Part I examines Connecticut's Gradual Abolition Act of 1784 and reveals that the law freed no slaves. It did promise eventual freedom to the future-born children of slaves, but, under the law, even these beneficiaries remained in servitude until the age of twenty-five. The law reflected the legislature's intent to end the institution of slavery in the state in a way that respected property rights and preserved social order. Part II challenges the notion that the 1784 law alone extinguished slavery in Connecticut. The population of slaves did decrease after 1784, but only because the Gradual Abolition Act was combined with other legal developments, both legislative and judicial, that so cut off the supply of new slaves as to ensure slavery's atrophy. Despite these legal restrictions, individuals continued to introduce new slaves into Connecticut through a variety of means, both lawful and unlawful. Furthermore, neither the 1784 law, nor any other law, emancipated living slaves. These slaves' sole hope for freedom was the voluntary acts of slaveholders. To the extent that statutory law addressed such manumissions, it discouraged rather than promoted it.
Part III explores the effect of the Gradual Abolition Act on Connecticut slaves. Even after the enactment of gradual abolition, slaves remained subject to the wills of their masters and constrained by a slave code, a legal regime that controlled and managed slaves. In some senses, the 1784 law made slave life more uncertain because the law created incentives for slaveholders to export their bondspeople from Connecticut. Part IV shows that even the future-born children of slaves, to whom the Gradual Abolition Act promised freedom, did not experience unmitigated salvation. For twenty-five years, such individuals remained "in servitude," bound to their mothers' masters in a state of near-slavery, the contours of which were unsettled. Part V concludes with a summary of the Note's principal arguments and seeks to orient its analysis of abolition in Connecticut within the context of scholarship about Northern abolition more generally.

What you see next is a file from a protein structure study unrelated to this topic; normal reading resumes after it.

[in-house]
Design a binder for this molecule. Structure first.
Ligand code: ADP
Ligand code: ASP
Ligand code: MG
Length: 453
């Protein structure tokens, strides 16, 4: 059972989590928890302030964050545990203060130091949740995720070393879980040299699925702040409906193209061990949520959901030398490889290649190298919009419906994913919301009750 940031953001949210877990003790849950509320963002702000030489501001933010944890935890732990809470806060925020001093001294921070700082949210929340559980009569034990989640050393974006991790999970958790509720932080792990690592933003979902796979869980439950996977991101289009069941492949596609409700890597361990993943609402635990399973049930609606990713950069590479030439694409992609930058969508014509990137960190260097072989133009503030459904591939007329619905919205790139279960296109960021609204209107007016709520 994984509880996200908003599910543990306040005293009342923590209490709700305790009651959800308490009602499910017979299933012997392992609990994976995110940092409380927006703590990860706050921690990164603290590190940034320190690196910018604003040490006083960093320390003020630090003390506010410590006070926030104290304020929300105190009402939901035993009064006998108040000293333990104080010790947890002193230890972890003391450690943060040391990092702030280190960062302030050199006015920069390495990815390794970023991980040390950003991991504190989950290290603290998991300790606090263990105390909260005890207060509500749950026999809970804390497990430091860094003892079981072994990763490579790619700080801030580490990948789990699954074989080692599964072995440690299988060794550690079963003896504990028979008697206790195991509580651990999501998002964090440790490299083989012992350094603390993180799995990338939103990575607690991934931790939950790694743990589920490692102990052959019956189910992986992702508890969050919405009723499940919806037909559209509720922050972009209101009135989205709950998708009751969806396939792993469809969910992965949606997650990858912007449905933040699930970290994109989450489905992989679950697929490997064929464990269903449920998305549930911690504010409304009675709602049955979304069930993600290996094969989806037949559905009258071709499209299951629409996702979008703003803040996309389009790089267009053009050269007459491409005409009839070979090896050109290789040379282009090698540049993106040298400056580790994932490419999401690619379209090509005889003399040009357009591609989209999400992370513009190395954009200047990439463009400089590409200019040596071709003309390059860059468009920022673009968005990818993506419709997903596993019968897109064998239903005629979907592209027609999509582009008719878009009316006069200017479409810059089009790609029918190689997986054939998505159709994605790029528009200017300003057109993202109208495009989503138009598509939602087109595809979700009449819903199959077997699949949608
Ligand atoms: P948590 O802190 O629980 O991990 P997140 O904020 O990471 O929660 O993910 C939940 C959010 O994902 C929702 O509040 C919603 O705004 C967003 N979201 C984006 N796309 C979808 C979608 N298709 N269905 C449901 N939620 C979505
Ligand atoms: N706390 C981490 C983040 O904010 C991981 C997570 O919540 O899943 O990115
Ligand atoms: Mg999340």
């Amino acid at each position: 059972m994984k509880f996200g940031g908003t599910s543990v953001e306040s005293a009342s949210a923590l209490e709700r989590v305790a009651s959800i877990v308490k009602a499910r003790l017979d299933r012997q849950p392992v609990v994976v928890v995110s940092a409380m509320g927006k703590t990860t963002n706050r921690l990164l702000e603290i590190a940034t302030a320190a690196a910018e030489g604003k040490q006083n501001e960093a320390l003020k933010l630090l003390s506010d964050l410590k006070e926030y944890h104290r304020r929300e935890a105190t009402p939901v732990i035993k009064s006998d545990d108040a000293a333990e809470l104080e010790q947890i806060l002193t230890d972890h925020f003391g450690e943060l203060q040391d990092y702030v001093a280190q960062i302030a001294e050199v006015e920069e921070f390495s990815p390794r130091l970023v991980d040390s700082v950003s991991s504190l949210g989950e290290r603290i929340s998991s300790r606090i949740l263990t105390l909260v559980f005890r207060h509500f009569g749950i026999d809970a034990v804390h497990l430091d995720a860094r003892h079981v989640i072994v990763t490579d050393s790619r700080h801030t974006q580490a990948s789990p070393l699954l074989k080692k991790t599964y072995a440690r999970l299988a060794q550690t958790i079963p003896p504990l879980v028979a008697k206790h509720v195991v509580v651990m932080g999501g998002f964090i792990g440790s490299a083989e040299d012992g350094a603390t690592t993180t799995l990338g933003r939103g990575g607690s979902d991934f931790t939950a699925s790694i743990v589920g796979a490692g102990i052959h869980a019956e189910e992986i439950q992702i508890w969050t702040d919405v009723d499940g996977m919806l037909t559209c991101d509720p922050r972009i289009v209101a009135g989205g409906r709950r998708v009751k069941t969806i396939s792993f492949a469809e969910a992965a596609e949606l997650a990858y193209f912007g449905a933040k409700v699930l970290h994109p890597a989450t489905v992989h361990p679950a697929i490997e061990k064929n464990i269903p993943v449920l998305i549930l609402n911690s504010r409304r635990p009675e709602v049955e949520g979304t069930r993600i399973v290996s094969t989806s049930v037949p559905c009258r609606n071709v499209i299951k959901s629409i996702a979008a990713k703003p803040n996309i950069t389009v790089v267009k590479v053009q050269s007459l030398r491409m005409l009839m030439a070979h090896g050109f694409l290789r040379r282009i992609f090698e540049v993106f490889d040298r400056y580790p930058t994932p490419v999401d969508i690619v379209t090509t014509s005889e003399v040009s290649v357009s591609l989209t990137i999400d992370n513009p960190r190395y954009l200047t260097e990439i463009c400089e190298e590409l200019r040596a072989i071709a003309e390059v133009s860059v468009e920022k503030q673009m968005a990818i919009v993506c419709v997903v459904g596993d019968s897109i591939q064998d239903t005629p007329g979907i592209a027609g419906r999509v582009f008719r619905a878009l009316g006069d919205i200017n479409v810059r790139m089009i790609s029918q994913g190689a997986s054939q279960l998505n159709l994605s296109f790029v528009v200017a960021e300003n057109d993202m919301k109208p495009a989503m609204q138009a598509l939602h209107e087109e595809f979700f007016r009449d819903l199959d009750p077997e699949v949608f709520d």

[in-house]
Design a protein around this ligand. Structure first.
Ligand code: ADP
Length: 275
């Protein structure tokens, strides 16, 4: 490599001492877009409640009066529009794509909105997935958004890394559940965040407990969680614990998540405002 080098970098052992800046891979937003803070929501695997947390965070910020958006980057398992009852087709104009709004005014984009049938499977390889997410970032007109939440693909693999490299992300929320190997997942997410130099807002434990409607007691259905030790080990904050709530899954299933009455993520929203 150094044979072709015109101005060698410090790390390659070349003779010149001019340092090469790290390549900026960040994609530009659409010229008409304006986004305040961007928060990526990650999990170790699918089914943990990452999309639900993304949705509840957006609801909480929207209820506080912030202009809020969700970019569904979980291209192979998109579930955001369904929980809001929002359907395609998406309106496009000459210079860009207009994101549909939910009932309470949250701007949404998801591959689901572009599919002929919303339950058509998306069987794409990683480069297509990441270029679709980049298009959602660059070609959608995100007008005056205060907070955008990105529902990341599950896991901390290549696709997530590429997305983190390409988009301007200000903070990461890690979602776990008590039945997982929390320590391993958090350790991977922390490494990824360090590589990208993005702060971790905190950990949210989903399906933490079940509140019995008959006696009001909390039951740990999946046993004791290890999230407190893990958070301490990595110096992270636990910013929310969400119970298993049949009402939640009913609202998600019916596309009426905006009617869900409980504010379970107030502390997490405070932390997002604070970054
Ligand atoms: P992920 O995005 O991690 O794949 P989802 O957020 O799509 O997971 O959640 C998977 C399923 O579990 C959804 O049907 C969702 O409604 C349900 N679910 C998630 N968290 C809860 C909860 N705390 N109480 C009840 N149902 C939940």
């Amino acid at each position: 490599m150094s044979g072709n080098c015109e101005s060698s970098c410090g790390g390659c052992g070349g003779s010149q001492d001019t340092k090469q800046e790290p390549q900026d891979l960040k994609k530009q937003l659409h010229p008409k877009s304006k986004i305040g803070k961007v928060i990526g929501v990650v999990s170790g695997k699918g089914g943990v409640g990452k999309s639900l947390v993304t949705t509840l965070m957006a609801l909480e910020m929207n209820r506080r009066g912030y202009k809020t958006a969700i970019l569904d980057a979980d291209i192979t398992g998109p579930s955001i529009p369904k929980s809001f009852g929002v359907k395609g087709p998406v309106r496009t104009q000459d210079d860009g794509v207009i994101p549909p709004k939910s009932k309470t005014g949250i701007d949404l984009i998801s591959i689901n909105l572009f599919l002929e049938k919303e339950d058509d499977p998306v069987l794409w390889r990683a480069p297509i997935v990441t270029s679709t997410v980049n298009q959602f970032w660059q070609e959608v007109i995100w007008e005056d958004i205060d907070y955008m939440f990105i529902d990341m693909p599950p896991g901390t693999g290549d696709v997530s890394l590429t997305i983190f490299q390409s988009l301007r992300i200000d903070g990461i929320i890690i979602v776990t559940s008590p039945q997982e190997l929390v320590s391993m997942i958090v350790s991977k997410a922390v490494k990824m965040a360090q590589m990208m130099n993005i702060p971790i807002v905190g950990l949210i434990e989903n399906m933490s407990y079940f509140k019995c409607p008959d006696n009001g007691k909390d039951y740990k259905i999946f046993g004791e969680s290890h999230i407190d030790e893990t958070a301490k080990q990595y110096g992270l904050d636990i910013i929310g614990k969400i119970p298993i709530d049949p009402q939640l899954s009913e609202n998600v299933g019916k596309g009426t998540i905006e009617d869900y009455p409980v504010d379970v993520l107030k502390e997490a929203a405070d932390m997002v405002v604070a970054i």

The Gradual Abolition Act of 1784 did not neatly lift slavery from the social landscape of Connecticut. Nor did the Act initiate a linear process of abolition. If one keeps an eye on the law and an eye on those whom its vagaries affected, one begins to discover a turbulent story. Certainly, when measured against the alternative of perpetual slavery, the 1784 statute was a monumental achievement. However, through the eyes of both slaves and free black people, and of those who existed--as this Note will show--in between, the decades following the 1784 Act were bittersweet at best. The slaves who lived during these generations lived in a world of social limbo; for them, "abolition" ushered in an era of confusion and ambiguity rather than unqualified deliverance.